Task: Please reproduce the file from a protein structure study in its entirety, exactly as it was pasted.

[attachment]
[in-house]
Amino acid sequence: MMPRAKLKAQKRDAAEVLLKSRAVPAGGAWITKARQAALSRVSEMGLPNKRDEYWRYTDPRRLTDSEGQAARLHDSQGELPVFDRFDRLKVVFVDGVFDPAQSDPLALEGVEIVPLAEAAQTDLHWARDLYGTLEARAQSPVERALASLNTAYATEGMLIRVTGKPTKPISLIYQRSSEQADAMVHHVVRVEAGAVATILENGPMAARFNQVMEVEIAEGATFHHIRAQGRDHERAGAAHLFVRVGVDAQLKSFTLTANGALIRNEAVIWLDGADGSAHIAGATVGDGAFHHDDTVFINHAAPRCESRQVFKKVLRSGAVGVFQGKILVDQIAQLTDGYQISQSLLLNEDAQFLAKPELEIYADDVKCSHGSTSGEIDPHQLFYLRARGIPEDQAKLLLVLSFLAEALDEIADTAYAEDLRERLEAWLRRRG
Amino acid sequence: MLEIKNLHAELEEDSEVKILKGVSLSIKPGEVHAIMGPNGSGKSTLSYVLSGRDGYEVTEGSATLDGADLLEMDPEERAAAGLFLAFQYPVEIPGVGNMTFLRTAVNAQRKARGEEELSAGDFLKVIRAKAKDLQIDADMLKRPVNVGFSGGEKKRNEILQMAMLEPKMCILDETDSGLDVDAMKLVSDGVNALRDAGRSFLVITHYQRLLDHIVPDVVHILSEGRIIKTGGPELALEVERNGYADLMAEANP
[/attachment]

[in-house]
Amino acid sequence: MMPRAKLKAQKRDAAEVLLKSRAVPAGGAWITKARQAALSRVSEMGLPNKRDEYWRYTDPRRLTDSEGQAARLHDSQGELPVFDRFDRLKVVFVDGVFDPAQSDPLALEGVEIVPLAEAAQTDLHWARDLYGTLEARAQSPVERALASLNTAYATEGMLIRVTGKPTKPISLIYQRSSEQADAMVHHVVRVEAGAVATILENGPMAARFNQVMEVEIAEGATFHHIRAQGRDHERAGAAHLFVRVGVDAQLKSFTLTANGALIRNEAVIWLDGADGSAHIAGATVGDGAFHHDDTVFINHAAPRCESRQVFKKVLRSGAVGVFQGKILVDQIAQLTDGYQISQSLLLNEDAQFLAKPELEIYADDVKCSHGSTSGEIDPHQLFYLRARGIPEDQAKLLLVLSFLAEALDEIADTAYAEDLRERLEAWLRRRG
Amino acid sequence: MLEIKNLHAELEEDSEVKILKGVSLSIKPGEVHAIMGPNGSGKSTLSYVLSGRDGYEVTEGSATLDGADLLEMDPEERAAAGLFLAFQYPVEIPGVGNMTFLRTAVNAQRKARGEEELSAGDFLKVIRAKAKDLQIDADMLKRPVNVGFSGGEKKRNEILQMAMLEPKMCILDETDSGLDVDAMKLVSDGVNALRDAGRSFLVITHYQRLLDHIVPDVVHILSEGRIIKTGGPELALEVERNGYADLMAEANP